Collaborative Research Team Project: 2016-2019
Uncovering the mysteries of the brain, including its function and structure, is a key challenge of modern science. Advances in the speed and accuracy of data acquisition through modern neuroimaging tools such as functional Magnetic Resonance Imaging (fMRI), Diffusion Tensor Imaging (DTI), Electroencephalography (EEG), and Magnetoencephalography (MEG) allow for unprecedented opportunities to understand brain neuroanatomy and function in health and disease. When neuroimaging was a fledgling field, the emphasis of most studies was on the detection of activated regions of the brain based on data collected from experiments involving only a single neuroimaging modality. Recently, researchers have turned their attention to more complicated problems that involve integrating complimentary sources of information, such as those that arise from studies that collect data using multiple neuroimaging modalities simultaneously, or studies that aim to combine brain imaging with genomics.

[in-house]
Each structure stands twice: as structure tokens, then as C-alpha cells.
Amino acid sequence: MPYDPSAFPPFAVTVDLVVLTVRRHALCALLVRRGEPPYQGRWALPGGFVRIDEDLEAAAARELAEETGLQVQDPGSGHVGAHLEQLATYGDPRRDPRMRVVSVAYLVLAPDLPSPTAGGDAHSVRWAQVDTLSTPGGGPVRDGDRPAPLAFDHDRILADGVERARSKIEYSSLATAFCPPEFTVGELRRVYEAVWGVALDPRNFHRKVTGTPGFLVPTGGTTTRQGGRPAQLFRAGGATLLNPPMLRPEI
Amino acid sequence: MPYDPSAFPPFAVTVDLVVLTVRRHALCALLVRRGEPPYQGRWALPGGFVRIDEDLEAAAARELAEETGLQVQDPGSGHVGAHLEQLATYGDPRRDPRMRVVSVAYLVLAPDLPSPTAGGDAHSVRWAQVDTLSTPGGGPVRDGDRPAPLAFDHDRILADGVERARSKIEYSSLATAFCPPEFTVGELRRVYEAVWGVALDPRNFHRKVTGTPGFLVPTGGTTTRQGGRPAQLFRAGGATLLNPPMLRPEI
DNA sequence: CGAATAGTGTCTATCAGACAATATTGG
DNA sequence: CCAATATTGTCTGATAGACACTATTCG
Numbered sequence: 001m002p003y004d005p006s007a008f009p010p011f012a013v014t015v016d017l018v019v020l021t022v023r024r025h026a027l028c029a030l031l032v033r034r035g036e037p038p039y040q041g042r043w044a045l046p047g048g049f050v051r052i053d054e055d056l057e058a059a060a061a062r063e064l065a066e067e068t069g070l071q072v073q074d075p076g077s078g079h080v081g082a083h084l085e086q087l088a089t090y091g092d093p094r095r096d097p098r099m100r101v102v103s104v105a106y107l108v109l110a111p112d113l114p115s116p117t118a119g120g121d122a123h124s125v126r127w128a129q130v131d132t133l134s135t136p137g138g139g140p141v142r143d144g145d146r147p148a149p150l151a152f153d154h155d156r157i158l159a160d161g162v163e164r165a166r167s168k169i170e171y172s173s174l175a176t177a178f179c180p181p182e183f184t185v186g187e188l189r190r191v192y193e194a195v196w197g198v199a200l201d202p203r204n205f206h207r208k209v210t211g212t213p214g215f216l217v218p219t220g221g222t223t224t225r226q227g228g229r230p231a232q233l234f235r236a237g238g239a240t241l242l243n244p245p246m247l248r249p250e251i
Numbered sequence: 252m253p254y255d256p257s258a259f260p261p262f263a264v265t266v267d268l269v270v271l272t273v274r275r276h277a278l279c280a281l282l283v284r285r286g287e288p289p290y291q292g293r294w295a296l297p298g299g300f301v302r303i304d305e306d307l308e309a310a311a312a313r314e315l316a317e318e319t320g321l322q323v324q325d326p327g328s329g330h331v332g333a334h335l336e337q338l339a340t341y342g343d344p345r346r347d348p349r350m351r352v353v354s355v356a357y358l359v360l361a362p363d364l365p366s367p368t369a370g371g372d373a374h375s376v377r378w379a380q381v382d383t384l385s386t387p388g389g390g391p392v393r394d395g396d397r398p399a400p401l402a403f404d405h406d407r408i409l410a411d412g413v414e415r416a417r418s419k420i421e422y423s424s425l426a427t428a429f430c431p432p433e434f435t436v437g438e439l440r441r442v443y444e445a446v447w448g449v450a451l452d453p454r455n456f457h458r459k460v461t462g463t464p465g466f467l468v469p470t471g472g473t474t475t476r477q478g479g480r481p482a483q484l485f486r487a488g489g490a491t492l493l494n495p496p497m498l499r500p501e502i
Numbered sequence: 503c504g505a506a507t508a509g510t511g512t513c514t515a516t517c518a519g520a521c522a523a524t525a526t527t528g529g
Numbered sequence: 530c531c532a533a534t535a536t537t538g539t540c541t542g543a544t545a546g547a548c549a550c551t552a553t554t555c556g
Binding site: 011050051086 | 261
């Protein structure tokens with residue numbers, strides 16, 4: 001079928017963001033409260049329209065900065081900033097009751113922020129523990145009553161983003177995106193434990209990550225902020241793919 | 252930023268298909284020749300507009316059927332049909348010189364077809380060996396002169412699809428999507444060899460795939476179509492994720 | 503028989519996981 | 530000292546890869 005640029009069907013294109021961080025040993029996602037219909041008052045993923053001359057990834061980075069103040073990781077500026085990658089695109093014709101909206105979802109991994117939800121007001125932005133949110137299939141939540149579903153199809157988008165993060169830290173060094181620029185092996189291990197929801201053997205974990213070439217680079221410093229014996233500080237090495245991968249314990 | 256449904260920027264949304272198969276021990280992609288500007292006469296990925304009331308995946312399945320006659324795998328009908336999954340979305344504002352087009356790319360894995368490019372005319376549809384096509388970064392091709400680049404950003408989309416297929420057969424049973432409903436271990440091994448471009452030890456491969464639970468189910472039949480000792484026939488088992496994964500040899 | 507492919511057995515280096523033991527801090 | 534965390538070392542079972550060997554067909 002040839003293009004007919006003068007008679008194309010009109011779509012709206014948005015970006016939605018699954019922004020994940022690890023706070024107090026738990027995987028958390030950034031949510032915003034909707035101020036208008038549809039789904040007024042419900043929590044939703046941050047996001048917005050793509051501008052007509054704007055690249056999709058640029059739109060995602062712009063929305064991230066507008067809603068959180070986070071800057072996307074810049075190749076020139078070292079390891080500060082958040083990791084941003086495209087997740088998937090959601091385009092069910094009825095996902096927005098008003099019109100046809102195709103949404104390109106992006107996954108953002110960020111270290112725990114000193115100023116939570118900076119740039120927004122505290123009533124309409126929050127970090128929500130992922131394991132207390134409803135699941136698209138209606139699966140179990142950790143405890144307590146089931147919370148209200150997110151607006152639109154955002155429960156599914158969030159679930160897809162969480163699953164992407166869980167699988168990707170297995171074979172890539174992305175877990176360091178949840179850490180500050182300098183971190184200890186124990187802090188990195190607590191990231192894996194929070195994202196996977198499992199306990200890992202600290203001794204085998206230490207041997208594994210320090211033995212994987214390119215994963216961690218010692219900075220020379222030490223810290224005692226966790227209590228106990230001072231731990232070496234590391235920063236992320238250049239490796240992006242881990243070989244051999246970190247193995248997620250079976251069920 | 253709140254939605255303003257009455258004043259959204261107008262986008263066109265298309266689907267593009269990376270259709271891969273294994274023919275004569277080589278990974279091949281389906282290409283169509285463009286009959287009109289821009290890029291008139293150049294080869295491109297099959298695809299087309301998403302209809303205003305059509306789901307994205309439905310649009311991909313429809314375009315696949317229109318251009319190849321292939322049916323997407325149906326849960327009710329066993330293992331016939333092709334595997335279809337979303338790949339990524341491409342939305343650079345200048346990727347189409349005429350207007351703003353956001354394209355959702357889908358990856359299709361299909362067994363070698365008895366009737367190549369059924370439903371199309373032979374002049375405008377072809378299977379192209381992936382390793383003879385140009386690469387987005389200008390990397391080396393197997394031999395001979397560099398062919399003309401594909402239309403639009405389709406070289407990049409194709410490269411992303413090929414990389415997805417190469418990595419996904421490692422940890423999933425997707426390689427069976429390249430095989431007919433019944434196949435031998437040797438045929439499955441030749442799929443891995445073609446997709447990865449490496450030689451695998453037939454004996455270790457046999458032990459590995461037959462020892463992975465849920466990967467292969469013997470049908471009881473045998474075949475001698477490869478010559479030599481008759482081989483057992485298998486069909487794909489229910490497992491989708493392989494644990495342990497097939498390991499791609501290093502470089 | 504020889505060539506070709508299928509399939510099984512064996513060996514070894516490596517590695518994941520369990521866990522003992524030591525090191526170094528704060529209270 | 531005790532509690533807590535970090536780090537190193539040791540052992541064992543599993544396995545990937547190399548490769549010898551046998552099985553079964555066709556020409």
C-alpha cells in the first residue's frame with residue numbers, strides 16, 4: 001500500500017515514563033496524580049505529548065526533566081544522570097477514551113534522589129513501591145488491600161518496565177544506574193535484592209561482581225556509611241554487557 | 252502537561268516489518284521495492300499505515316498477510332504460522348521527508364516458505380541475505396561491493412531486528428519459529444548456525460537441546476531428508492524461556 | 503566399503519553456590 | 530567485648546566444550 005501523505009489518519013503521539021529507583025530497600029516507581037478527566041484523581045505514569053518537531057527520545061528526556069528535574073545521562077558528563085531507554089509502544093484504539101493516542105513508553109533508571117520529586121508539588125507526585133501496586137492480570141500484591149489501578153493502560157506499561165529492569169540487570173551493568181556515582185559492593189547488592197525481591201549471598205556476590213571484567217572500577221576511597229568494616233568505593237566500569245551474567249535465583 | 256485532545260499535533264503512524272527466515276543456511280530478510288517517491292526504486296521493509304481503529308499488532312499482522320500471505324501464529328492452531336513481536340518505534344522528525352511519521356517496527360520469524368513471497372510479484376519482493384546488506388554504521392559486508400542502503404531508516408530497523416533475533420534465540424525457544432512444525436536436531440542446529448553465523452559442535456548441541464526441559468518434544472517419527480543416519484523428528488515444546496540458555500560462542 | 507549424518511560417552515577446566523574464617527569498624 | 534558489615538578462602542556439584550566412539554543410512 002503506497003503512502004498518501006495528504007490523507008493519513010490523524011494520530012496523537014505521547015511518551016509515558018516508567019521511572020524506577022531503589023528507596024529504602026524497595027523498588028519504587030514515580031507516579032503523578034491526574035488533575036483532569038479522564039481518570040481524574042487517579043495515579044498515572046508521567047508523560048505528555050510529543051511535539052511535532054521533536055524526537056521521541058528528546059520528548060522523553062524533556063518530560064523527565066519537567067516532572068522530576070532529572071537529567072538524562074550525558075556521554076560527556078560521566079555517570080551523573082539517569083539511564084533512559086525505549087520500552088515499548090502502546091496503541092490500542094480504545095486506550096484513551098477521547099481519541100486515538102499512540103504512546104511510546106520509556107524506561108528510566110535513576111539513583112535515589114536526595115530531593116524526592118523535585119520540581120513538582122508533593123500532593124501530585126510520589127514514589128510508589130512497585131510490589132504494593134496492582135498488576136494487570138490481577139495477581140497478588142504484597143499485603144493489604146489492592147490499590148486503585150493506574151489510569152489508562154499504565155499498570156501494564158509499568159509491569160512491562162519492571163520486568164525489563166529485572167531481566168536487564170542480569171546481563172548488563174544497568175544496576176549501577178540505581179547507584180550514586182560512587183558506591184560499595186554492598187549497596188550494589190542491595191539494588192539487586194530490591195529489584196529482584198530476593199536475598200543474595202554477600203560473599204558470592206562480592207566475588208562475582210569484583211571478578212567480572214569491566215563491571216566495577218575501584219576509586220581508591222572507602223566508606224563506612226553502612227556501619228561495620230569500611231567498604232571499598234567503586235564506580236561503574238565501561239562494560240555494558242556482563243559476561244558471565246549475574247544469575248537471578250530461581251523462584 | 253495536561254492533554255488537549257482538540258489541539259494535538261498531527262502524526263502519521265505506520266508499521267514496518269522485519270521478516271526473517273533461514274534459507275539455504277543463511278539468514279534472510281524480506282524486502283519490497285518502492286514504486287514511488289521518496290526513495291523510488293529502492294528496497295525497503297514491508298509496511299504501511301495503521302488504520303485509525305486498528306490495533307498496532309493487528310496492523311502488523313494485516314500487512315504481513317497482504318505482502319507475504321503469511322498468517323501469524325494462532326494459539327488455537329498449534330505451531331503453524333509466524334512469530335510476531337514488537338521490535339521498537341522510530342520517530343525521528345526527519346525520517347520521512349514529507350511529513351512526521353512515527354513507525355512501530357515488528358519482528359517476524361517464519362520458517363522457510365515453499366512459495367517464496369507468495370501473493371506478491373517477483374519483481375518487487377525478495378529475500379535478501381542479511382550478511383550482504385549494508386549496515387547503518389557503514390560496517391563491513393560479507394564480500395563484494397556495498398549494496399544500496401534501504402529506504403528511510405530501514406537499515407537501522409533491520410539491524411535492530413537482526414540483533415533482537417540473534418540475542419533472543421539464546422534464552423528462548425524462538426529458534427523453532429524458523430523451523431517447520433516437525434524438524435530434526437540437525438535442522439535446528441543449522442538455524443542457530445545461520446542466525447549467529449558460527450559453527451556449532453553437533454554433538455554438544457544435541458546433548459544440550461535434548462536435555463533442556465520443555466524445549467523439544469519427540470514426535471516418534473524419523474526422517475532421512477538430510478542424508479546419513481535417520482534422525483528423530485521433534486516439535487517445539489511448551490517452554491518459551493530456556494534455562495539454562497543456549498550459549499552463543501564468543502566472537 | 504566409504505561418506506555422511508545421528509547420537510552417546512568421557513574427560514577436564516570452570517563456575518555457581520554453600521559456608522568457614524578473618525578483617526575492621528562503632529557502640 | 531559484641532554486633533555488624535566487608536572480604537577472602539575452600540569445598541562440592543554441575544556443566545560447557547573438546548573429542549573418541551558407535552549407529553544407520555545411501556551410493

The development of statistical methods for these problems has fallen seriously behind the technological advances that allow us to collect the data. This project will thus bring together researchers in statistical science, computer science, biomedical engineering, neuroscience and molecular medicine to develop, test, apply, and propagate new methods with emphasis on joint analysis of neuroimaging data. Researchers across several sites will work on three goals: (1) develop sparse projection regression for high-dimensional analysis of combined neuroimaging and genomic (SNP) data; (2) develop computationally feasible solutions for the neuroelectromagnetic inverse problem based on combined MEG and EEG data; (3) investigate the physiological connection between the gastrointestinal tract and the brain by modeling the relationship between neural outcomes and the human intestinal microbiome using metagenomics data.
The team co-leaders are Farouk Nathoo from the University of Victoria and Linglong Kong from the University of Alberta, and collaborators are Peter Kim from the University of Guelph, Christine Lee from McMaster Univeristy, Timothy Johnson from the University of Michigan, Hongtu Zhu from the University of North Carolina Chapel Hill, and researchers at the University of Victoria, the University of Alberta, the University of Toronto, and Oregon State University.